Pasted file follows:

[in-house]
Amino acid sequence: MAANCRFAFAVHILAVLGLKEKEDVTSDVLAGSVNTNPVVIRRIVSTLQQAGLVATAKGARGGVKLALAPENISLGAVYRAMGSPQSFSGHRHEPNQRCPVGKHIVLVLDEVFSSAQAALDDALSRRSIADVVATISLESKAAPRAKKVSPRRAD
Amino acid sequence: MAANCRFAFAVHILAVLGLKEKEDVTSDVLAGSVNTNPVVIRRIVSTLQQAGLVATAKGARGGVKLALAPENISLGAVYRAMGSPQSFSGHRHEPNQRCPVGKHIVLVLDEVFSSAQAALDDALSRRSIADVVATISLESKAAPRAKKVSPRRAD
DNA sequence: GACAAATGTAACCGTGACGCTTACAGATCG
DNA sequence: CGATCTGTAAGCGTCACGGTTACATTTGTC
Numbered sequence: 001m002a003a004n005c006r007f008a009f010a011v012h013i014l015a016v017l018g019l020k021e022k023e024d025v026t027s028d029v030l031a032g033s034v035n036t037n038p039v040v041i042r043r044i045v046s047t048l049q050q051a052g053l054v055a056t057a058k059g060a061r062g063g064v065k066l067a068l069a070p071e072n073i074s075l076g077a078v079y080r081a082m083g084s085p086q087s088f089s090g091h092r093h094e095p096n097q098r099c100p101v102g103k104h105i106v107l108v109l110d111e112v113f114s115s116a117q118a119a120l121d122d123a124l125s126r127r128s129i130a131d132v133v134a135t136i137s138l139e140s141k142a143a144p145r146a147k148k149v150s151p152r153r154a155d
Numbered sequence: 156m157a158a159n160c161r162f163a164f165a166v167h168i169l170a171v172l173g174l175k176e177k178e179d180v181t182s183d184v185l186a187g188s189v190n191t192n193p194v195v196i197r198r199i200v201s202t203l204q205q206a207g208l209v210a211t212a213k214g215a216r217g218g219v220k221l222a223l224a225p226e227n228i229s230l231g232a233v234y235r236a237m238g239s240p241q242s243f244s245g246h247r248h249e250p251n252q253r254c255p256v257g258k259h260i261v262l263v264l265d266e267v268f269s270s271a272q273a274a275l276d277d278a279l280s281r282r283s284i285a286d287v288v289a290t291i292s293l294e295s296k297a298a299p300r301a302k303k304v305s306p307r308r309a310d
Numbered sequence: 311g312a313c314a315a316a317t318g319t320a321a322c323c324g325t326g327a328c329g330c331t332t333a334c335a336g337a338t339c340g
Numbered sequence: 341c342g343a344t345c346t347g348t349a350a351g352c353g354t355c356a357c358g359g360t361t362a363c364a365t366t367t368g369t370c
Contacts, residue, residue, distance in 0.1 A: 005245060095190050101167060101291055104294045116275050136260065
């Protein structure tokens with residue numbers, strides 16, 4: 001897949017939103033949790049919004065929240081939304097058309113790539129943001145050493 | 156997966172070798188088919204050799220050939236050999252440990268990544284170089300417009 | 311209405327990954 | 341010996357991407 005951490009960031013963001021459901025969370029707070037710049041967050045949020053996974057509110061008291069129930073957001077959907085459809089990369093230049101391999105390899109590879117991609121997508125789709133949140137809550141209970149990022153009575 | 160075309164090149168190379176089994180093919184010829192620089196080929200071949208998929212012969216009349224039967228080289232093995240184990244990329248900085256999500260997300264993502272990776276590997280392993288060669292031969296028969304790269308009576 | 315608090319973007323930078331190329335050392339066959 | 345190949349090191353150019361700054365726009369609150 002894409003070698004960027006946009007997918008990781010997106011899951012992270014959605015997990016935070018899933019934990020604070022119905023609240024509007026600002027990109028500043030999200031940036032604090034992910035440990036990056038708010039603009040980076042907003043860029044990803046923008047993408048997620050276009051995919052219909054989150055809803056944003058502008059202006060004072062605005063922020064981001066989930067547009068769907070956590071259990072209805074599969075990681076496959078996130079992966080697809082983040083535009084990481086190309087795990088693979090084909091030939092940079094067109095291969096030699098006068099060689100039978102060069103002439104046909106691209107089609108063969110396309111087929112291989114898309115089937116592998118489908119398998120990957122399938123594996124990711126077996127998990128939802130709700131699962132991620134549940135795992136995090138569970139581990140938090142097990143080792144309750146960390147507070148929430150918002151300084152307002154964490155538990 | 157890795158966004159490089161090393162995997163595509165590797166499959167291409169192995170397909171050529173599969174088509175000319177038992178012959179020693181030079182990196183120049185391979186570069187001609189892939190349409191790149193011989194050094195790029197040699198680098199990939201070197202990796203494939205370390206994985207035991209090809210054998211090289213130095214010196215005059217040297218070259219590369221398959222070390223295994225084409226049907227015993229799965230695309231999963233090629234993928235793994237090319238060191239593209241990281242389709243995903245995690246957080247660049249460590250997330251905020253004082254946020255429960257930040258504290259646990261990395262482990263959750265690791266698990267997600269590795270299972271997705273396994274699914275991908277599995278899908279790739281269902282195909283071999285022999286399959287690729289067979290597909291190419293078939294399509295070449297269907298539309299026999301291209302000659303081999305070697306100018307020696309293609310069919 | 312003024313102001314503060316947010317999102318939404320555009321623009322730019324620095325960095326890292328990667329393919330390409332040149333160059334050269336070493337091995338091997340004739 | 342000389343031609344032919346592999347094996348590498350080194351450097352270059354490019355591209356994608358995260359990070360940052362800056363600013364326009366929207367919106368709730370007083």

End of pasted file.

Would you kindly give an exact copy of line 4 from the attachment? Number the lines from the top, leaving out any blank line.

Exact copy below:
DNA sequence: GACAAATGTAACCGTGACGCTTACAGATCG